For example it cannot be denied that newspapers and modern communication methods play a vital role in disseminating information in every society, whether open or otherwise. Part and parcel of that role is to unearth corrupt or fraudulent activities, executive and corporate excesses, persons who are dangerous to the society and other wrongdoings that impinge upon the rights and interests of ordinary citizens. It is inconceivable that the citizens, the media and Civil Societies could perform investigative and informative functions without defaming one person or another. The overhanging effect of the offence of criminal defamation is to stifle and silence the free flow of information in the public domain. This, in turn, may result in the citizenry remaining uninformed about matters of public significance and the unquestioned and unchecked continuation of unconscionable malpractices.  (Id.)

The Court further noted that the gravity of the penalty imposed for this offence adds to the severity of its effect and “is clearly excessive and patently disproportionate.”  (Id.)

With regard to the second question, the Court found that the availability of a civil remedy for defamation means that criminalization of  defamation does not meet one of the elements of the proportionality test, which is “[a]nother very compelling reason for eschewing resort to criminal defamation.”  (Id.)

The Court then held that “the invocation of criminal defamation to protect one’s reputation is … unnecessary, disproportionate and therefore excessive and not reasonably justified in an open society based on human dignity, equality and freedom.  (Id.)  The Court further held that article 194 of the Penal Code is “unconstitutional and invalid to the extent that it covers offences other than those contemplated under Article 33(2)(a)-(d)” and its continued enforcement against the petitioners “would be unconstitutional and/or a violation of their fundamental right to the freedom of expression … .”  (Id.)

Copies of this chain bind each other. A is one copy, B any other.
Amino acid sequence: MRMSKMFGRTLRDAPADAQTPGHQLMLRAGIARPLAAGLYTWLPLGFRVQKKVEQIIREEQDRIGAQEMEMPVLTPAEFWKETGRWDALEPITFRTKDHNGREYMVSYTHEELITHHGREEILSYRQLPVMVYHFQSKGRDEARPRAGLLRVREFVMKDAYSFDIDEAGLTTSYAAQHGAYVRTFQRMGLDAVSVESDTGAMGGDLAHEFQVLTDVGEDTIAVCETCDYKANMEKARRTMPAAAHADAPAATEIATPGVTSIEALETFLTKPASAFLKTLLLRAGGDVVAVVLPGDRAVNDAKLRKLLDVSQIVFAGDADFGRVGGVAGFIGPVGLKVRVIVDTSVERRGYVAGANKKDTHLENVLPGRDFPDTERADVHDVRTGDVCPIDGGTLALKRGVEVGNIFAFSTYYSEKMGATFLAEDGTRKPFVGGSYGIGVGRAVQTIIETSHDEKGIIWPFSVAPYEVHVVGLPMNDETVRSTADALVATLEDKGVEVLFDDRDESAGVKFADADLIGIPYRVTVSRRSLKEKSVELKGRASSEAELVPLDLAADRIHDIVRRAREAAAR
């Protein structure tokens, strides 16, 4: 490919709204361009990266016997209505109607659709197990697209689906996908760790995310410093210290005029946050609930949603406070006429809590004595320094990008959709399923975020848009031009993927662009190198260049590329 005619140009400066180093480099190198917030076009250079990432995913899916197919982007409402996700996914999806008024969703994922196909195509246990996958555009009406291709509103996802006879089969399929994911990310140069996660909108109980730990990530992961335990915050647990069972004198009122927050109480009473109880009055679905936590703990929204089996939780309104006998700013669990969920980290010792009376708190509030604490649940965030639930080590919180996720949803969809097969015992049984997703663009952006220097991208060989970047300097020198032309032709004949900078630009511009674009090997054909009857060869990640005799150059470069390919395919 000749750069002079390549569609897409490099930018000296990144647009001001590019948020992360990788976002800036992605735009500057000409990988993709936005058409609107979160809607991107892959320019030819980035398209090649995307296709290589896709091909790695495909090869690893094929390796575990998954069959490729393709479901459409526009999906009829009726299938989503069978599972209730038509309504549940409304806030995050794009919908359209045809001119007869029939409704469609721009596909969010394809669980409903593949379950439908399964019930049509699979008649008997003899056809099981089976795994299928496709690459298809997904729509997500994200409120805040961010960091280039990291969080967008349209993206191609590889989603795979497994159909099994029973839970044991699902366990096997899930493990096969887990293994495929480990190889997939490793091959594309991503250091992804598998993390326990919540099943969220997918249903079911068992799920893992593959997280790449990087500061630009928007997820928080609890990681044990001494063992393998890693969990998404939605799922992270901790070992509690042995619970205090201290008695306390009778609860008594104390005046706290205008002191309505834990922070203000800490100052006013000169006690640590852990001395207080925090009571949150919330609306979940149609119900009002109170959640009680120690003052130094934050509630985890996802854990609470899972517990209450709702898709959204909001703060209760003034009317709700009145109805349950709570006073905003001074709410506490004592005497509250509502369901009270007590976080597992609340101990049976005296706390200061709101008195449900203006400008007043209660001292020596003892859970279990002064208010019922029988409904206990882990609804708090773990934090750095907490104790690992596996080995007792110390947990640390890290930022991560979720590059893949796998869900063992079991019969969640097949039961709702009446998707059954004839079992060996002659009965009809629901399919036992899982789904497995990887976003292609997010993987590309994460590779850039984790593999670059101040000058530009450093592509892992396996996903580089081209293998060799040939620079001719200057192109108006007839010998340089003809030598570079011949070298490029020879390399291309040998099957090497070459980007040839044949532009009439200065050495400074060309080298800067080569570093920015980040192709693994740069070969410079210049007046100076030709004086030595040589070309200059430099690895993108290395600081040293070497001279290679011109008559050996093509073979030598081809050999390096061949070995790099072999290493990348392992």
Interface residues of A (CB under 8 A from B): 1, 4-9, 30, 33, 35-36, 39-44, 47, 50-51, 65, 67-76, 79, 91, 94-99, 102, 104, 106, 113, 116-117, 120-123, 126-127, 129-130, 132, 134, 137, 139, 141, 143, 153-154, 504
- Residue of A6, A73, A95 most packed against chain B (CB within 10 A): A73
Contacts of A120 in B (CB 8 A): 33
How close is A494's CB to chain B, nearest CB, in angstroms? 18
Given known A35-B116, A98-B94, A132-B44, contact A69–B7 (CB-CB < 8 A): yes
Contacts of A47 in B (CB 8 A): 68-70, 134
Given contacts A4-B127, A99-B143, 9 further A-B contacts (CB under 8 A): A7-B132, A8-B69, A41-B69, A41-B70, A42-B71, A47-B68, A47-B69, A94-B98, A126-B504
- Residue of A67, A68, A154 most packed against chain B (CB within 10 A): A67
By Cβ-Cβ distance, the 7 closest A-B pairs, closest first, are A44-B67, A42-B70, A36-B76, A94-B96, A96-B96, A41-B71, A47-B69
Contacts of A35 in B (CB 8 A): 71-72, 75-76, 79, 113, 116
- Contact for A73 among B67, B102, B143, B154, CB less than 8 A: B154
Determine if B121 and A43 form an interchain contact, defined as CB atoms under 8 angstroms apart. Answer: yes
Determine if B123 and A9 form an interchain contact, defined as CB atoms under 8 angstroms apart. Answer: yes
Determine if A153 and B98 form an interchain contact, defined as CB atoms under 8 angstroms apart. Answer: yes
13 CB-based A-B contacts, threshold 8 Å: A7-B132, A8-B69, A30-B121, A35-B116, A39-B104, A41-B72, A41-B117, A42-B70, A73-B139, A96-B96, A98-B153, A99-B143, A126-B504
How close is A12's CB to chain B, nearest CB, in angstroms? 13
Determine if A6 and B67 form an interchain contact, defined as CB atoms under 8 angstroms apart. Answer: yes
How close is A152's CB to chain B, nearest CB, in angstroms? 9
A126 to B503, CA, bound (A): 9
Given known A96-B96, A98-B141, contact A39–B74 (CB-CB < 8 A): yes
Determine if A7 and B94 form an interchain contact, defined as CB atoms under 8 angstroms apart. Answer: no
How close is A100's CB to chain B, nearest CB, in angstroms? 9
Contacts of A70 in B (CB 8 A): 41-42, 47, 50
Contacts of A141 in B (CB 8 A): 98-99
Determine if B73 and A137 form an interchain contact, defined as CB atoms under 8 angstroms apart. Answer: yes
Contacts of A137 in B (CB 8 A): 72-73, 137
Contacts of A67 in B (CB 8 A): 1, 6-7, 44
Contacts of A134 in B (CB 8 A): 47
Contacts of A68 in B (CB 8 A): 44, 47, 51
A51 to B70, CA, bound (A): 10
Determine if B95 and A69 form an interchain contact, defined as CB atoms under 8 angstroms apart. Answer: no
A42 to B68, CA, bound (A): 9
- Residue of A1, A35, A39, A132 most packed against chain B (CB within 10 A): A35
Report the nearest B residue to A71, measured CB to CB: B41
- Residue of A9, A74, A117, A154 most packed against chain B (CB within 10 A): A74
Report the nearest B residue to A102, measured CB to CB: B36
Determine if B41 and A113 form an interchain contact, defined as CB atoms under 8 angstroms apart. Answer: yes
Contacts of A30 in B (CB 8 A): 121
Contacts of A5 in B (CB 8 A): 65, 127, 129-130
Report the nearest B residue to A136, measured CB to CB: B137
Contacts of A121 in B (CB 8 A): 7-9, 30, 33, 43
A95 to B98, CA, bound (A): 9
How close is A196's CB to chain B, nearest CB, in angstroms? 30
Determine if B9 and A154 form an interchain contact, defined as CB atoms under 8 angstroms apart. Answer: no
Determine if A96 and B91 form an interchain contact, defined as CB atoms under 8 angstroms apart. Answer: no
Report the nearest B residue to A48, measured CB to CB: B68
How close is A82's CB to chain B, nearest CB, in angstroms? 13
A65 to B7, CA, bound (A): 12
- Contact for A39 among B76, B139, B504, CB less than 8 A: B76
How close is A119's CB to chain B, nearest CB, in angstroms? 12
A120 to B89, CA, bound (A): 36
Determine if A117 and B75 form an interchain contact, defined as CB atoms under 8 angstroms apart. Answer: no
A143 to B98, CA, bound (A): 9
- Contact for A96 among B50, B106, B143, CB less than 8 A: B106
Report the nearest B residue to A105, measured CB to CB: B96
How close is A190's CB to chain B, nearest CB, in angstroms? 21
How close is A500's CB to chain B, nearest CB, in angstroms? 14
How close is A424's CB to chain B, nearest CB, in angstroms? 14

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United States: Conventions Proposed by U.N. Commission on International Trade Law Submitted to Senate for Ratification

(Feb. 14, 2017) On November 16, 2016, the U.S. State Department’s Advisory Committee on Private International Law held its annual meeting to discuss ongoing work involving the negotiation and drafting of instruments governing private cross-border transactions. The Committee announced that it had sent transmittal letters for each of several treaty documents to the Senate in hopes of receiving the Senate’s advice and consent to ratification of three conventions proposed by the United Nations Commission on International Trade Law (UNCITRAL).  (S. Treaty Doc. No. 114-5, 2016, CONGRESS.GOV; S. Treaty Doc. No. 114-7, 2016, CONGRESS.GOV; S. Treaty Doc. No. 114-9, 2016, CONGRESS.GOV.)  The United States has already signed two of the three conventions. (Status: United Nations Convention on the Use of Electronic Communications in International Contracts (New York, 2005), UNCITRAL website; Status: United Nations Convention on the Assignment of Receivables in International Trade (New York, 2001), UNCITRAL website; Status: United Nations Convention on Independent Guarantees and Stand-by Letters of Credit (New York, 1995), UNCITRAL website (all last visited Feb. 10, 2017).)

The Committee, after having read each Convention, referred them by the transmittal letters to the Senate Committee on Foreign Relations.  At present, none of the treaties has been reported on or heard for consideration in Congress.  (S. Treaty Doc. No. 114-5, supra; S. Treaty Doc. No. 114-7, supra; S. Treaty Doc. No. 114-9, supra.)

Convention on Independent Guarantees and Stand-by Letters of Credit